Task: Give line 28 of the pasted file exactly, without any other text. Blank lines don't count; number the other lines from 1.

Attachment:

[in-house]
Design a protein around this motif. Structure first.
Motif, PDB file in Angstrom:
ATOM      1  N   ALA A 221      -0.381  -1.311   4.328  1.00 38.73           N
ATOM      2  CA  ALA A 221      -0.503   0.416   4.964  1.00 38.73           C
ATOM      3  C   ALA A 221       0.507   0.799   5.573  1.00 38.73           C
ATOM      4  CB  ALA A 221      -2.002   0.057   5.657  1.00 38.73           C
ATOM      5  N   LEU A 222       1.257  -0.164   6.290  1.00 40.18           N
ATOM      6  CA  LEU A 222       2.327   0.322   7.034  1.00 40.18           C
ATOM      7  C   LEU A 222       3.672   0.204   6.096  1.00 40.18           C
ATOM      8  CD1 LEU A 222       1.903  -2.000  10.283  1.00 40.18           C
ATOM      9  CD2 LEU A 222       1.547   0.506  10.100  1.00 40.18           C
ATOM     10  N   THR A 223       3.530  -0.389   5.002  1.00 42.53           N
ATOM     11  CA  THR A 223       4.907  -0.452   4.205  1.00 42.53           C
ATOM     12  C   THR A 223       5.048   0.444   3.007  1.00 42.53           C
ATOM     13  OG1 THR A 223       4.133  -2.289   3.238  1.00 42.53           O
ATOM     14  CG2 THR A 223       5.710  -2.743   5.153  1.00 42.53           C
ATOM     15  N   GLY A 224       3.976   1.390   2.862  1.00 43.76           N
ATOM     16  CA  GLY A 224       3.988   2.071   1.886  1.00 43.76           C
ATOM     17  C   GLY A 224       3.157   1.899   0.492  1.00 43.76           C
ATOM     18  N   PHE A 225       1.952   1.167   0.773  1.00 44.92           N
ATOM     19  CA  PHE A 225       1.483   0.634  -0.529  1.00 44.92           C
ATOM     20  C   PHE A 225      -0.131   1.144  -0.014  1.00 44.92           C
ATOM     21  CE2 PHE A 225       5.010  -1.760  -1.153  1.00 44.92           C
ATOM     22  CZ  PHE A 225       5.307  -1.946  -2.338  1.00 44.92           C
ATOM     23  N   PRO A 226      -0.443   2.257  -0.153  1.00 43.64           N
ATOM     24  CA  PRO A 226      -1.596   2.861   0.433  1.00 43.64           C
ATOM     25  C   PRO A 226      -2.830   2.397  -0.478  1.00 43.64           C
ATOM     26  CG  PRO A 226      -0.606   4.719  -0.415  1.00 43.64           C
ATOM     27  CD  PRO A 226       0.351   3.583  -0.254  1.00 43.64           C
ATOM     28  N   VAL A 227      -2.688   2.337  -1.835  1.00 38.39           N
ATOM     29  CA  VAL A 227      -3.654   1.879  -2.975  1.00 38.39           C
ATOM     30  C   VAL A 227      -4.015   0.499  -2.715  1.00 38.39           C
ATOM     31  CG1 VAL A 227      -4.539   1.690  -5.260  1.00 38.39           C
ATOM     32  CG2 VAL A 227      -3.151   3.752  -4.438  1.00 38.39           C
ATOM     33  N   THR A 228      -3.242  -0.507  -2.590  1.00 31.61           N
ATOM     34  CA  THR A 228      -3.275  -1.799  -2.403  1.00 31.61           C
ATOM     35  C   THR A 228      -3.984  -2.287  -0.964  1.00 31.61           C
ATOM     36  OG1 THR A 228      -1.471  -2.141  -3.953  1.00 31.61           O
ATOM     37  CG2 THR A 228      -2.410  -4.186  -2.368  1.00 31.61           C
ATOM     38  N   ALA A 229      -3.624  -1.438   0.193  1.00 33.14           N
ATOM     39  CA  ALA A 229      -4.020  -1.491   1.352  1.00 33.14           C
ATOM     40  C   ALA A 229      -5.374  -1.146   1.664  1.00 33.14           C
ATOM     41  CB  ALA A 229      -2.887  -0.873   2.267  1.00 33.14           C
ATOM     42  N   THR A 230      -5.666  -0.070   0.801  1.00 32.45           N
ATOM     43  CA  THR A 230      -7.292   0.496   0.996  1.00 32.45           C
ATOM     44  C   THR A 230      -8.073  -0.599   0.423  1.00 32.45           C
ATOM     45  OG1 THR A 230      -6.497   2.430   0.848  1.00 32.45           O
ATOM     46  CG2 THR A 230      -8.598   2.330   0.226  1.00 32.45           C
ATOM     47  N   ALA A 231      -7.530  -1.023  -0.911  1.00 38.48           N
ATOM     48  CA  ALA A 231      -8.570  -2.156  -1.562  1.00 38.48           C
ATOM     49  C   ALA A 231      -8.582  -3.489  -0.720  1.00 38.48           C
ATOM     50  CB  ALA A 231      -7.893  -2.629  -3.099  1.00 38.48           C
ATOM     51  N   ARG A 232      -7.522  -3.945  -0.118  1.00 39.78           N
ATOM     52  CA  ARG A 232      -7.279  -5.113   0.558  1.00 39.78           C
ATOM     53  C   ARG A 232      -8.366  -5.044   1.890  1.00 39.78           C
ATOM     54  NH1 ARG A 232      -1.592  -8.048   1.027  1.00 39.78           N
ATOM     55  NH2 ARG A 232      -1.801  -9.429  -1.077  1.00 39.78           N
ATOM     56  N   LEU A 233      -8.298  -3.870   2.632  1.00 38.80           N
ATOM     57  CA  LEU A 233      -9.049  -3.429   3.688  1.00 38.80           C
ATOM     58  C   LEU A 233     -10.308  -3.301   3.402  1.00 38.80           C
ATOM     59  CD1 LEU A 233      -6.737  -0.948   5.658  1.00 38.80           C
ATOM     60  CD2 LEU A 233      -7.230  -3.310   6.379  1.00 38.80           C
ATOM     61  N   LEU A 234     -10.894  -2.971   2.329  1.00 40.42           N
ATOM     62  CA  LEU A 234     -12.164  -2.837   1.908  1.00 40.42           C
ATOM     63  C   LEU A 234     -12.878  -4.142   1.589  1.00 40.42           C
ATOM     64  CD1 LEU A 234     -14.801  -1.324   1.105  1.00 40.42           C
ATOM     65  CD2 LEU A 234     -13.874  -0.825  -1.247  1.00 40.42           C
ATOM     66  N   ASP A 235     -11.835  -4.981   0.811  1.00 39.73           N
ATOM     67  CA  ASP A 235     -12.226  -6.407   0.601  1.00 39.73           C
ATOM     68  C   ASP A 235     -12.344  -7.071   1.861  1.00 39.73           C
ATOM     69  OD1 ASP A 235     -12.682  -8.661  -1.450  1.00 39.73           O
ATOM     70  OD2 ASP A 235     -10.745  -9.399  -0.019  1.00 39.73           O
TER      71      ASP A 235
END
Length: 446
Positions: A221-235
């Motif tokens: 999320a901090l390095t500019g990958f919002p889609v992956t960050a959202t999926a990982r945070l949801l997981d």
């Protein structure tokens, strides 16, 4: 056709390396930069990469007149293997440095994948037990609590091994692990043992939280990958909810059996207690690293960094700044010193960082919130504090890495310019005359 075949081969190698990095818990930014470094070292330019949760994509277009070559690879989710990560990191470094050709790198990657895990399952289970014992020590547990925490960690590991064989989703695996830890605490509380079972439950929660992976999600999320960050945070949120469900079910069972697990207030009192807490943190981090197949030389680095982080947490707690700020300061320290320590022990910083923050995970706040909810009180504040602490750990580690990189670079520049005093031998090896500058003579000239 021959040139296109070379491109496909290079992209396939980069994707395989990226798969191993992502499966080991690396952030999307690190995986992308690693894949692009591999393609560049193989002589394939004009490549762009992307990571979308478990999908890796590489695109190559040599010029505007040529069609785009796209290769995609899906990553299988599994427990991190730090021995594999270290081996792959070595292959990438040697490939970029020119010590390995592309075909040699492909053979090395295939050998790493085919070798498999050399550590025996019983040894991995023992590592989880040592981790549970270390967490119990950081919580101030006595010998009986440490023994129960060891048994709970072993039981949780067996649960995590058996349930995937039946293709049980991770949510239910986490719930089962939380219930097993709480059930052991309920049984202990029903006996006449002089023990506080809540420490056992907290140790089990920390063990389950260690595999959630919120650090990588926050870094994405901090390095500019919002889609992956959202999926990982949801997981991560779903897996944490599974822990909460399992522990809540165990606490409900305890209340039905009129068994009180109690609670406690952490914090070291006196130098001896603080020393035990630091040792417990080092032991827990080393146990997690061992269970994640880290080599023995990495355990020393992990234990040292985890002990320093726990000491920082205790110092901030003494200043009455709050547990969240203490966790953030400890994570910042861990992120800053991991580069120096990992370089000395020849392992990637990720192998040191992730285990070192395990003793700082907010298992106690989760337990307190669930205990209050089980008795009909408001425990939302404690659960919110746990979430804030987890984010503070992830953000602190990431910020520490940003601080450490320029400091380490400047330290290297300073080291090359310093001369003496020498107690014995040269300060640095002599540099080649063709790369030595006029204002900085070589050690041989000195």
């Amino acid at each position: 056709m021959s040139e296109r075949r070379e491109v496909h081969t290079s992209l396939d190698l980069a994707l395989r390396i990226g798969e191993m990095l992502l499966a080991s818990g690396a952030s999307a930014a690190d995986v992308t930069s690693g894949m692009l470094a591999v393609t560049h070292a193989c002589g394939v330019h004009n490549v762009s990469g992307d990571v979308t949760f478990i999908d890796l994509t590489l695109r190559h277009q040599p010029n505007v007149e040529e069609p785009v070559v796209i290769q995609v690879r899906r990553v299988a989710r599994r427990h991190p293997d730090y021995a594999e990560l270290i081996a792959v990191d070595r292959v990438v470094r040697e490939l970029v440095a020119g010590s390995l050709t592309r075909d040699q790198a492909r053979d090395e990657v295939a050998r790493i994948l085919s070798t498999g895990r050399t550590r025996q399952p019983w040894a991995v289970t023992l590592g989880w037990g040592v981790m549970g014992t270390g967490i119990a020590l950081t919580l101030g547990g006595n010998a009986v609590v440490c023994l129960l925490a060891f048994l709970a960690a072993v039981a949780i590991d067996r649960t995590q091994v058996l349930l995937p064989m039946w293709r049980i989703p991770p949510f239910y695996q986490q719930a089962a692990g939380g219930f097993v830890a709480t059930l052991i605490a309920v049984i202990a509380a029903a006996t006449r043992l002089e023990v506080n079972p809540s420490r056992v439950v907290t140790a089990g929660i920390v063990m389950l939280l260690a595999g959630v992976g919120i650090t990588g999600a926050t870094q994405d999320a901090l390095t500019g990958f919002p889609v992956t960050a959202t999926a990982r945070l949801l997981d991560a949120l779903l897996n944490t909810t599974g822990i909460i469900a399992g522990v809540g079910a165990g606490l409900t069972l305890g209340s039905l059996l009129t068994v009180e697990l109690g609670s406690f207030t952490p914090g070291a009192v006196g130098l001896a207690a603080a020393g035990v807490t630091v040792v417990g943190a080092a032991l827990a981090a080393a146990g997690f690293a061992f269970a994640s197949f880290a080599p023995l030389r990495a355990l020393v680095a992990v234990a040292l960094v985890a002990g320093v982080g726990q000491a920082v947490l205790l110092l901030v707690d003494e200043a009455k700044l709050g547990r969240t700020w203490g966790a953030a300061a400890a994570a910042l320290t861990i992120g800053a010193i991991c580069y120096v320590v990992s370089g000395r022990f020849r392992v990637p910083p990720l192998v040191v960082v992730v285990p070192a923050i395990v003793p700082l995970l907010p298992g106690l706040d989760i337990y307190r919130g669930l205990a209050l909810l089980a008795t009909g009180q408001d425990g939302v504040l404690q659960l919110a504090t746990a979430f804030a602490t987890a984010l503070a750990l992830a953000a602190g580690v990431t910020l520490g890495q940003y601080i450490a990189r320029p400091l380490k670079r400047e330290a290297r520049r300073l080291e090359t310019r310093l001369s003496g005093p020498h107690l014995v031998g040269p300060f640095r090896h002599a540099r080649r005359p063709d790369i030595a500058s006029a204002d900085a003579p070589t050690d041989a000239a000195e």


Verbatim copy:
ATOM     25  C   PRO A 226      -2.830   2.397  -0.478  1.00 43.64           C